March 23, 2018

Grants and Prizes

 

G. T. Clark Prize

The Association administers the G. T. Clark Trust Fund, set up to commemorate a distinguished ninteenth-century archaeologist. The G. T. Clark Prizes are awarded for the most distinguished published contributions to the study of the history and antiquities of Wales and the Marches during the previous quinquennium.


The 2017 Prizewinners

The last awards were made in 2017:

Prehistory: Elizabeth Walker for her work on the Welsh Palaeolithic.

Roman: David Hopewell for his work on geophysical survey and excavation of Roman fort environs and Roman sites and roads in north-west Wales

Early Medieval: Professor Thomas Charles-Edwards for his Wales and the Britons 350-1064

Medieval: Neil Ludlow for his Carmarthen Castle: The Archaeology of Government , also published in Welsh as Castell Caerfyrddin: Olrhain Hanes Llywodraethiant.

Post-Medieval: David Gwyn for his Welsh Slate: The Archaeology and History of an Industry, also published in Welsh as Llechi Cymru: Archaeoleg a Hanes.

 

Research Fund

The Research Fund exists for the encouragement of research within the field of the Association’s interest. Its scope includes travel, fieldwork, excavation and associated scientific services, historical research, and other appropriate forms of assistance such as photography, photocopying, typing, and preparation of drawings for publication.

Applicants for grants are reminded that they will not be considered by the Trustees until their two referees have sent in their references to the General Secretary.

Awards are normally in the region of £500 to £2000 and are restricted to projects connected directly or indirectly with Wales and the Marches. Completed forms and copies (preferably up to six) should be returned by mid-October at the latest for consideration by Trustees at their meeting in early November. Late applications may be submitted before the beginning of January, but such late applications will only be considered if funds have not been fully allocated.

Application form in Word format.

Application form in Adobe Acrobat format.

Please return the completed form to the Secretary.

Grants awarded November 2019

£1700 to Peter Crew for further conservation and interpretation work at Dolgun Blast Furnace,
Dolgellau.

£1000 to Madeleine Gray for reformatting her database of all medieval tomb effigies in Wales.

£1500 to Michael Parker-Pearson for further excavation at Waun Mawn stone circle, Preseli.

£1000 to Seren Griffith for osteological analysis of Bronze Age cremated remains from the Newall
excavation of Bryn Celli Bach, Anglesey.

£2134 to Adelle Bricking, for analysis of human remains from older excavations at Dinorben and
RAF St Athan, part of the Life and Death in Iron Age Wales project.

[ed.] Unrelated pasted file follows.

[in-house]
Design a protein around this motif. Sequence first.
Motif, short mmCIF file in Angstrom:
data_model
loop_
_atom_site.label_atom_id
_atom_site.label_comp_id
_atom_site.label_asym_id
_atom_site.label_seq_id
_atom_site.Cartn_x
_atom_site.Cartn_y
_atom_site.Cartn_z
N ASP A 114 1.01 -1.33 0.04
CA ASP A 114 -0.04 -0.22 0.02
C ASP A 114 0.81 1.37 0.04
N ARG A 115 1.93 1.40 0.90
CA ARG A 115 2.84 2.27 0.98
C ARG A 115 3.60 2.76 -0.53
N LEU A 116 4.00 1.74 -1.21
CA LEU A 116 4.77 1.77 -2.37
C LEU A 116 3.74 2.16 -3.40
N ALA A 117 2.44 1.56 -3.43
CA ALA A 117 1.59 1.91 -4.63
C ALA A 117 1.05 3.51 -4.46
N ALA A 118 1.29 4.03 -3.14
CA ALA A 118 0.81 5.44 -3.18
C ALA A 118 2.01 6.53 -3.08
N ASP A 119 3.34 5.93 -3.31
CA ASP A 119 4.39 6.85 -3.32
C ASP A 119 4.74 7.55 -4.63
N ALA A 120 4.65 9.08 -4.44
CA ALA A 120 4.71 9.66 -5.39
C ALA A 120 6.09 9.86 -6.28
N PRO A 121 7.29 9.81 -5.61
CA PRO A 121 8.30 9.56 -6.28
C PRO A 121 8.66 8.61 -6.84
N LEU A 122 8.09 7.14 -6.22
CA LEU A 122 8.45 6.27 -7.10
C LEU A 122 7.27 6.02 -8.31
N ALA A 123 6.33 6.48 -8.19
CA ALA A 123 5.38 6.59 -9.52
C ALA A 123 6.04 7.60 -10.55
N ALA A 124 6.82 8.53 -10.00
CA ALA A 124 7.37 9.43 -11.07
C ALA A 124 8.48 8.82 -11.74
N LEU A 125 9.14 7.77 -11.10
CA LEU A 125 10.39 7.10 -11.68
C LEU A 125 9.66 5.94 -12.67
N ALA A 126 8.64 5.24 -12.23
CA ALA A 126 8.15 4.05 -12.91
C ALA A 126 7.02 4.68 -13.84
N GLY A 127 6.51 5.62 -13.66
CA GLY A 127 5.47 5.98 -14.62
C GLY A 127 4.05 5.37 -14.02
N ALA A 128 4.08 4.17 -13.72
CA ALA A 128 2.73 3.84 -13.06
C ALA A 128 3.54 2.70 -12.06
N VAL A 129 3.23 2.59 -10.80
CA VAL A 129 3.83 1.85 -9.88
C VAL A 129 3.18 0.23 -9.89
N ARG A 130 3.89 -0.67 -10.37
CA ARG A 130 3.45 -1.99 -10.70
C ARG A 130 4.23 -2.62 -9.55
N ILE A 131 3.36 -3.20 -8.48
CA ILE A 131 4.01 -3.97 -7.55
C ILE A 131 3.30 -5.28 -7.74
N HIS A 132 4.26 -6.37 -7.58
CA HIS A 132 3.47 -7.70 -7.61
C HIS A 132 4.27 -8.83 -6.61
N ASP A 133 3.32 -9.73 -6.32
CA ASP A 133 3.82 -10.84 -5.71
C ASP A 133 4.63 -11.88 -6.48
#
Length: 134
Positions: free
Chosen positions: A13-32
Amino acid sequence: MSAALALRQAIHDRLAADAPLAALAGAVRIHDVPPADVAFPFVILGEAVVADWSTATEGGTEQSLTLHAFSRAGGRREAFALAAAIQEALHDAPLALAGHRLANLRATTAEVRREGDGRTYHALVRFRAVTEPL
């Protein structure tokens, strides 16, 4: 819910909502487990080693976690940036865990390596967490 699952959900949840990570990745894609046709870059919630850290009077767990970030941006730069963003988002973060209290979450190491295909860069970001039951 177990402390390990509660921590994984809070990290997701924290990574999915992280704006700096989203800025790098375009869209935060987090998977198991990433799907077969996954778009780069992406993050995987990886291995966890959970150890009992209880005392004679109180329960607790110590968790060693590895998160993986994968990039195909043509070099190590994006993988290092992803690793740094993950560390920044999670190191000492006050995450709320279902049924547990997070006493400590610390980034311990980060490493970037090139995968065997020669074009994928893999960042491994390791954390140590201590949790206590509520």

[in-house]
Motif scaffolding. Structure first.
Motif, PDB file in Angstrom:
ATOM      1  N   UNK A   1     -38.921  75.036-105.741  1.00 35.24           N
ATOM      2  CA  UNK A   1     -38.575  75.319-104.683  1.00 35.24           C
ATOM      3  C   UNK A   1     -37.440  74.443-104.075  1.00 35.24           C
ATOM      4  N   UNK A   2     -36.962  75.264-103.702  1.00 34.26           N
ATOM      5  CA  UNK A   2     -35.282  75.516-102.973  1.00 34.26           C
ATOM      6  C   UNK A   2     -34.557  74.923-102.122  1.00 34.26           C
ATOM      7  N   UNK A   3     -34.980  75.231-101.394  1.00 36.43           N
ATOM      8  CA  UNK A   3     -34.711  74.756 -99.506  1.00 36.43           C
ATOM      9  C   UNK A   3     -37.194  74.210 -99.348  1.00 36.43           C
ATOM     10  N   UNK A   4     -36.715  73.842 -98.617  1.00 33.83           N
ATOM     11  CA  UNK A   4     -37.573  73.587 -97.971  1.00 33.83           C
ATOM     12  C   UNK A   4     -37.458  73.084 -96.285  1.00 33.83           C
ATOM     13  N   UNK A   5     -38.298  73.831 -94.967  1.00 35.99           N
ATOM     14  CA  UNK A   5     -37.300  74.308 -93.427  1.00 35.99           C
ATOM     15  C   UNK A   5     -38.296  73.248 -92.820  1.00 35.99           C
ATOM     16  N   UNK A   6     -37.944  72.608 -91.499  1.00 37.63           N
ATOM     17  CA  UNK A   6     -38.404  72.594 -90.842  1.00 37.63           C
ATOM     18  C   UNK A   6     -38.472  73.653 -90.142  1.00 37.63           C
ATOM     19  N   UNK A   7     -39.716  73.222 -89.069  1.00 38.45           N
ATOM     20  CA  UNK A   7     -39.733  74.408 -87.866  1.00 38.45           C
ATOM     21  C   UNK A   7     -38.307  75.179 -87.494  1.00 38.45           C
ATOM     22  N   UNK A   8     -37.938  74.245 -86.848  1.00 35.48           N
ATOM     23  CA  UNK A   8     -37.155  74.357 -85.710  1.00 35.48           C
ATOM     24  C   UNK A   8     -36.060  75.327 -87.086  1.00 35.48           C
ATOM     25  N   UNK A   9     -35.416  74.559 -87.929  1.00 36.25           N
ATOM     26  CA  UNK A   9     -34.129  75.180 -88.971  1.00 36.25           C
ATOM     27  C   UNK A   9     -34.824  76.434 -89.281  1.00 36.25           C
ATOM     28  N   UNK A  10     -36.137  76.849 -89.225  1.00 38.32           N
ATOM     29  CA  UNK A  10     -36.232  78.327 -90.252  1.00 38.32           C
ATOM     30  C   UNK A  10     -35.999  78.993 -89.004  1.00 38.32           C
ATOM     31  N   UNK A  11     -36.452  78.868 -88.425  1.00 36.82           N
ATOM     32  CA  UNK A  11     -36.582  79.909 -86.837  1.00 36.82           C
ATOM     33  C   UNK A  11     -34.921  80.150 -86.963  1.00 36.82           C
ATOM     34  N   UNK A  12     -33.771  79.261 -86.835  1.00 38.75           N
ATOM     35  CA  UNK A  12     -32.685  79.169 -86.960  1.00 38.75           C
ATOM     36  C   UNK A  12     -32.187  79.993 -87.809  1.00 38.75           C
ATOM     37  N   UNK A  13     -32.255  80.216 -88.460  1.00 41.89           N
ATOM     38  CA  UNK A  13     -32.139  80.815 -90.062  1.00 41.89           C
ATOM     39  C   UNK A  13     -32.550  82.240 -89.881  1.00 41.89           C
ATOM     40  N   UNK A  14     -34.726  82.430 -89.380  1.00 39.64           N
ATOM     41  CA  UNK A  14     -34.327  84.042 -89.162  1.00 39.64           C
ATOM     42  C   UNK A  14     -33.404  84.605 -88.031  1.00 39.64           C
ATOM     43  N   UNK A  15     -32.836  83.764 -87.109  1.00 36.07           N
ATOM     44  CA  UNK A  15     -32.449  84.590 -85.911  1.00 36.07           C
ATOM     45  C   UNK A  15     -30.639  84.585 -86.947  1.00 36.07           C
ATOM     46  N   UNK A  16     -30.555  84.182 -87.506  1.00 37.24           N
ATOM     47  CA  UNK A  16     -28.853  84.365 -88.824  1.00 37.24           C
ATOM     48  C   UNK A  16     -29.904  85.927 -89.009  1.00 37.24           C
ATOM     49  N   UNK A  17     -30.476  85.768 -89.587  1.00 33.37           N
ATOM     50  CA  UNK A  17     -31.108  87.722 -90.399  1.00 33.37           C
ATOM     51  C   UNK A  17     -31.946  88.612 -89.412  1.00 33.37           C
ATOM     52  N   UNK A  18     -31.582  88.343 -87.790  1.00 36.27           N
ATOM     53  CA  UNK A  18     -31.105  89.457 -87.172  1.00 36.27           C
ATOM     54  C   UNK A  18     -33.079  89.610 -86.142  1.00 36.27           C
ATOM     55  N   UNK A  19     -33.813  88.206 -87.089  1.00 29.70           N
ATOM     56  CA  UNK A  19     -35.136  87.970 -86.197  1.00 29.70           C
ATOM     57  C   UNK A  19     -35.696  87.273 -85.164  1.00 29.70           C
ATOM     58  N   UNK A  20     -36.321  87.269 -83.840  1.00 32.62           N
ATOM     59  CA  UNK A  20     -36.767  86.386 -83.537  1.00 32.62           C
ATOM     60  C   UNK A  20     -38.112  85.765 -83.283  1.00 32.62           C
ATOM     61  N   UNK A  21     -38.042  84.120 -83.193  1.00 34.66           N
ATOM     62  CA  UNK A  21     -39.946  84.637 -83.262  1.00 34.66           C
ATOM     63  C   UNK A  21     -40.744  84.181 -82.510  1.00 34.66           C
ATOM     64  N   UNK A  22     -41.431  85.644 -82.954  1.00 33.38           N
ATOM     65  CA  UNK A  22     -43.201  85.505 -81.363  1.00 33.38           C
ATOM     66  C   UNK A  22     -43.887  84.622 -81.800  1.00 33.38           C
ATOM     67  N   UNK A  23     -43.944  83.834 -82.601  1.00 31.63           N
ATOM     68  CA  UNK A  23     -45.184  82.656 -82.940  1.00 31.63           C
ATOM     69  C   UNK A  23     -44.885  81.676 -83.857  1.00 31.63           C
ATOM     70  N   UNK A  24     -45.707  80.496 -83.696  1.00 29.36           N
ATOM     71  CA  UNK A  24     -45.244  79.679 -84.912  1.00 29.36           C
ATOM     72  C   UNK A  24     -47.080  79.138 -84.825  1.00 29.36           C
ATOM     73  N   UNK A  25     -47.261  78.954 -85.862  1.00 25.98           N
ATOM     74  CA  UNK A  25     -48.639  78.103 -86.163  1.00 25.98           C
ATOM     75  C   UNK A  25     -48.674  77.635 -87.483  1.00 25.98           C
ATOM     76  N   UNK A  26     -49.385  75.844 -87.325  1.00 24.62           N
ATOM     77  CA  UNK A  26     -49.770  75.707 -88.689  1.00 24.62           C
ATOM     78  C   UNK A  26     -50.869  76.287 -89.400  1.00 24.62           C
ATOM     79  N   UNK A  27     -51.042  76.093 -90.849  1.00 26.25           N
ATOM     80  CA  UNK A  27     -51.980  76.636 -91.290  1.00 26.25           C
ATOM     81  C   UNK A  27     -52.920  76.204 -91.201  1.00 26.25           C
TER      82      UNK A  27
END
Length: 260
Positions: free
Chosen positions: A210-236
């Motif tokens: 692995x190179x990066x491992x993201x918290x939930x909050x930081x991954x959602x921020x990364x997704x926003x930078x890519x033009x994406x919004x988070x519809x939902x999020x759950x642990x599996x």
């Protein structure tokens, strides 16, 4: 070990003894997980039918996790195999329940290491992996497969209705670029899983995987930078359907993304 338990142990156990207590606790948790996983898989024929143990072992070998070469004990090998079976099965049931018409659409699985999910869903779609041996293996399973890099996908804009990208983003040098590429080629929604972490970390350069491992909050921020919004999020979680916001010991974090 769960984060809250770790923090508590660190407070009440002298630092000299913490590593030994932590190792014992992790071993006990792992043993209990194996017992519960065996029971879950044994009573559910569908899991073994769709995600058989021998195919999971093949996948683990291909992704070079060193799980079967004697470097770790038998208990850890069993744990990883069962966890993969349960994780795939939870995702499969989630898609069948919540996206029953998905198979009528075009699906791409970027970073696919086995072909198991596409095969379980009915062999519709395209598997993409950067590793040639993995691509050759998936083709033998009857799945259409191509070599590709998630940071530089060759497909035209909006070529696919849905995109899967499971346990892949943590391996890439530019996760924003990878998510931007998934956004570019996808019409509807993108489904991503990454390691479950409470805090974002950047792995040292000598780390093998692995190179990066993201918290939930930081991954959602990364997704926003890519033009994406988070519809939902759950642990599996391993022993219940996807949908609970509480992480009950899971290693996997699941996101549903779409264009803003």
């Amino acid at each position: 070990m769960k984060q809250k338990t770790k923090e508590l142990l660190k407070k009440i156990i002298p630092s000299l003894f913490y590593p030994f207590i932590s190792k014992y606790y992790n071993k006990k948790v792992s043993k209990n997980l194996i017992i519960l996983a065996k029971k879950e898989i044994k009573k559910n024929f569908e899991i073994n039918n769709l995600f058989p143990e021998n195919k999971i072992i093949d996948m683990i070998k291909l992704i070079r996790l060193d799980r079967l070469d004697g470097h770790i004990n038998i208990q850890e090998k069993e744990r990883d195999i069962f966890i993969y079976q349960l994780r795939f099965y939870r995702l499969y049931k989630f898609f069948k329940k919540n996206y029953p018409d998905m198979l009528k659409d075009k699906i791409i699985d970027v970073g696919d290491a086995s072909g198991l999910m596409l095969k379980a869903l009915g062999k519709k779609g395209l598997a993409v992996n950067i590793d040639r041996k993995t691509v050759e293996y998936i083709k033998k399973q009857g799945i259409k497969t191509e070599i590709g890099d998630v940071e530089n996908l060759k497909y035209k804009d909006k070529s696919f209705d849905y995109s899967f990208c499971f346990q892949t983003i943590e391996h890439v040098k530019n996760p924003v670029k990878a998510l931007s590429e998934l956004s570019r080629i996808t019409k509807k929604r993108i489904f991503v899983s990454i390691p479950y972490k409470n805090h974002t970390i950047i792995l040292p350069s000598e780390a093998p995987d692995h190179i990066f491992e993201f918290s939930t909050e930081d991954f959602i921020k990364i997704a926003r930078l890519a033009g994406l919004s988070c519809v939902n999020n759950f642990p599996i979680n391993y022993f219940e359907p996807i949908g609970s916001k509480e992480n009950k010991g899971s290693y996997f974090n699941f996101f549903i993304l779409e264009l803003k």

Research Grants awarded in November 2018:

£485 to Peter Crew for conservation, survey and research at Dolgun Blast Furnace. Dolgellau.

£1500 to Margaret Dunn,towards dendrochronological dating and building recording for the Discovering Old Welsh Houses in NE Wales project.

£2003 to Katie Hemer, for the Ynys Enlli Revisited project – full analysis of early medieval human skeletal remains excavated at Ty Newydd, prior to their reburial by the Bardsey Island Trust.

£1215 to James Meek and Neil Ludlow for radio-carbon dating and assessment of pottery recovered in recent excavations at Pembroke Castle.

£1600 to Tim Mighall for 6 radiocarbon dates for the project ‘Placing Metal Mining and Smelting in to its environmental context: were there hotspots of woodland destruction?’ Using samples already analysed for pollen from the environs of the early mines at Copa Hill, excavated by the Early Mining Research Group.

£500 to Gary Robinson and Joanna Brück for exploratory archaeological excavations and survey at Frongoch WWI Internment Camp.

£1980 to Rhiannon Stevens – ‘Seeking Neanderthals’ – using Zooarchaeology Mass Spectometry on human bone samples from older excavations at Coygan Cave, Carmarthenshire.

 

Research Grants Awarded in 2016

An award of £1890 was made to William Britnell for obtaining AMS dates from cereal remains from the Gwernvale chambered tomb. Also for obtaining radiocarbon dates, £1680 was awarded to Dr Oliver Davis of the Caer Heritage Dating project. This project on a neglected hillfort in a suburb of Cardiff has had strong local community involvement. Rhiannon Philp was awarded £1000 to obtain dates on possible Mesolithic footprints revealed in intertidal deposits at Port Eynon, Gower.

Professor Gary Lock was awarded £700 towards excavation costs at the hillfort of Moel-y-Gaer Bodfari, a long-running excavation supported by the CAA for some years. Katharina Moeller, Bangor University, was awarded £500 towards excavation costs at the Meillionydd Project on the Llyn peninsula.

Neil Ludlow was awarded £1350 towards the costs of obtaining transcriptions and translations of little known documents relating to Pembroke Castle.